Is it a Hate Crime?
Yesterday, a gay man, who’s not been identified, was viciously attacked on a subway in Boston, according to the Boston Herald. He was punched and kicked, police say, by three women who also allegedly used anti-gay slurs during the assault. He was “badly roughed up,” says one news report, including a broken nose.
Three lesbians have been charged in the crime, according to the police report. Two of the lesbians are partners, says the Herald, while the third is the sister of one of the women.
But this is not the typical hate crime – or is it?
The man who was attacked is claiming that his backpack grazed the women as he walked to the subway and that they became enraged and began calling him the “F” word and punching him, while the women claim the victim hurled racial slurs at them, including the “N” word. It’s a case of he said she/she/she said.
But it also begs the question: If gay people attack other gay people with anti-gay or racial slurs and violence, can the alleged assailants be charged with a hate crime?
“My guess is that no sane jury would convict them under those circumstances, but what this really demonstrates is the idiocy of the hate-crime legislation,” lawyer Harvey Silverglate told the Herald. “If you beat someone up, you’re guilty of assault and battery of a human being. Period. The idea of trying to break down human beings into categories is doomed to failure.”
We’re not so sure.
While hate crime legislation is designed to protect minorities from conflicts that arise because of things like gender identity, sexual orientation and race (it can vary depending on the crime), what’s to prevent the women from being prosecuted for attacking someone over his sexual identity which, in reality, differs from theirs. Last time we checked being a gay man was vastly different from being a lesbian.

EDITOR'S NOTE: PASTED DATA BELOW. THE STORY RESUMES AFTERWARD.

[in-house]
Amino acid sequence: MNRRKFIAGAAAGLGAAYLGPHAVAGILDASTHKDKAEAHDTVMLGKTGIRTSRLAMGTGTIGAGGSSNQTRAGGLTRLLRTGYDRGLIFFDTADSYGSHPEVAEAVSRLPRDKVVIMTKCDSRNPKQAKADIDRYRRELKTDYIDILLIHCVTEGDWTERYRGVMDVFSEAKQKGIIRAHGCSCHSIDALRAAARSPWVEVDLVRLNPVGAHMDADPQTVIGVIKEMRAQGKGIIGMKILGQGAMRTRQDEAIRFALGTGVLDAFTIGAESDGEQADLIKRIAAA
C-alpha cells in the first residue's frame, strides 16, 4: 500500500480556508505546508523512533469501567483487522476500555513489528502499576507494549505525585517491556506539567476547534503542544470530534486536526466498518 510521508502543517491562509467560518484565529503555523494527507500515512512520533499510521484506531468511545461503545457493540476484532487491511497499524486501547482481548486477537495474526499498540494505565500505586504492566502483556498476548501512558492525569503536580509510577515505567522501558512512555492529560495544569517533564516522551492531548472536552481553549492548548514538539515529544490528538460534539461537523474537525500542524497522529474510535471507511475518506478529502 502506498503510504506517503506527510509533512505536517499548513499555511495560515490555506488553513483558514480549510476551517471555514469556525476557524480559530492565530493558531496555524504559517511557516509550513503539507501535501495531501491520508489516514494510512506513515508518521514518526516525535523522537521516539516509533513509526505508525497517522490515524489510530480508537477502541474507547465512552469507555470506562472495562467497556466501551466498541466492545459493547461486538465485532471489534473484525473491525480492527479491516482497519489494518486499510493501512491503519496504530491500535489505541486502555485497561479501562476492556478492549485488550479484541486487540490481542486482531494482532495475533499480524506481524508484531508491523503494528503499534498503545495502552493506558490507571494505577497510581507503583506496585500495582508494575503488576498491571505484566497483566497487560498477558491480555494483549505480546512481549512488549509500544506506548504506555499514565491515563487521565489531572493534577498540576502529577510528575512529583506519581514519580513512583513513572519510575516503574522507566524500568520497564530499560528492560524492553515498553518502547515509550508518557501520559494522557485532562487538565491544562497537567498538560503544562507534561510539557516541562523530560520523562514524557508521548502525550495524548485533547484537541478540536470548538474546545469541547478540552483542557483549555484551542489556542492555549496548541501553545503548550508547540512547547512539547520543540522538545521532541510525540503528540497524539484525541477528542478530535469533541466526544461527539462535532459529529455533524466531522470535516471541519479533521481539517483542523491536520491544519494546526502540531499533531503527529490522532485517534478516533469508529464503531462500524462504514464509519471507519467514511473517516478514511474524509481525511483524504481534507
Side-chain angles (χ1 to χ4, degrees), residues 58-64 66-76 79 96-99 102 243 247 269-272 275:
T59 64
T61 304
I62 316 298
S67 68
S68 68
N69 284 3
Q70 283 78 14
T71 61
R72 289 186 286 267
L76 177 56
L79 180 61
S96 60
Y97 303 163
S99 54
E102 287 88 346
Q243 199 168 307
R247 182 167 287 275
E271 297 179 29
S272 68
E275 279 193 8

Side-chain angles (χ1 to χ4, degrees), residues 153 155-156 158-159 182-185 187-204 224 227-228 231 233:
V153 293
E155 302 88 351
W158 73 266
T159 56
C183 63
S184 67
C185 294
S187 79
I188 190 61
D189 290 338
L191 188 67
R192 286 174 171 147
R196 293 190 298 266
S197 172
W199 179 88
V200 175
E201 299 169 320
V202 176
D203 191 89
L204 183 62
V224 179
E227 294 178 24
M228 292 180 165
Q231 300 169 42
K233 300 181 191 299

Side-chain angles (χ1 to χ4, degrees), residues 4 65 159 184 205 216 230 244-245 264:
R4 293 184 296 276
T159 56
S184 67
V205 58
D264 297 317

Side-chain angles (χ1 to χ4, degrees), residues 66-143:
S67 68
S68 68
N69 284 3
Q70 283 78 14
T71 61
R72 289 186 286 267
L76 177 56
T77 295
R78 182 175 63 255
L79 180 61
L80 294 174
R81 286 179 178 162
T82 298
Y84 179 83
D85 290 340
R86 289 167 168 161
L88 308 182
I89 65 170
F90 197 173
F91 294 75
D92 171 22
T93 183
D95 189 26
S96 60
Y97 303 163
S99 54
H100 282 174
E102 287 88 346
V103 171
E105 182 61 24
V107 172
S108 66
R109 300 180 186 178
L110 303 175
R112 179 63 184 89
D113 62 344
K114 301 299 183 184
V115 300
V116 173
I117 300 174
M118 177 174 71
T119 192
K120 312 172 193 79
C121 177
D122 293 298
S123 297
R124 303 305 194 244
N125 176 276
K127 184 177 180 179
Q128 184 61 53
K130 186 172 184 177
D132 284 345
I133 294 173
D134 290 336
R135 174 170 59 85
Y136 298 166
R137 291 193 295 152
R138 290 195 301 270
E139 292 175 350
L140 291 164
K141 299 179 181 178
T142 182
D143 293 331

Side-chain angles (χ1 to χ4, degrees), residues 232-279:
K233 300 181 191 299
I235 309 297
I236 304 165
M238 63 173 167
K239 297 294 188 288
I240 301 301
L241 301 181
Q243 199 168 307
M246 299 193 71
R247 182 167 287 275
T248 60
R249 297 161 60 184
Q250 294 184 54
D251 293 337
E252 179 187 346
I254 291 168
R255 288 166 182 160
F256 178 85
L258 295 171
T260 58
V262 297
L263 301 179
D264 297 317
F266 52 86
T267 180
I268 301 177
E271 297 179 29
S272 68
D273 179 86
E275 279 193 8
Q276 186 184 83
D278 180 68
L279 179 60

On the other hand, critics have long questioned the validity of additional penalties to already heinous crimes that carry their own penalties. Killing someone, for instance, has a pretty dire set of probable outcomes – everything ranging from years in prison, to life to even the death penalty in many states. But if that same person convicted of murder is also charged with a hate crime, the ante is upped. Not everyone likes the idea – and not everyone will likely go along with charging one minority with a hate crime for attacking another within the same “community.”
But why shouldn’t hate crime protection include gay-on-gay crimes? If African-American persons were charged with beating a transgender person, for instance, they would likely face hate crime charges in addition to standard prosecutorial standards. But if a transgender person attacked an African-American person, would the same standard apply? And why wouldn’t hate crimes be applied to lesbians who attack a gay man or vice versa?
The Suffolk County District Attorney’s office may end up agreeing with us if the case moves forward. A spokesperson has already said that orientation (alleged or otherwise) has no bearing on the case, which could set a precedent when it comes to gay-on-gay “hate” crimes.
What do you think? Should the women be charged with a hate crime?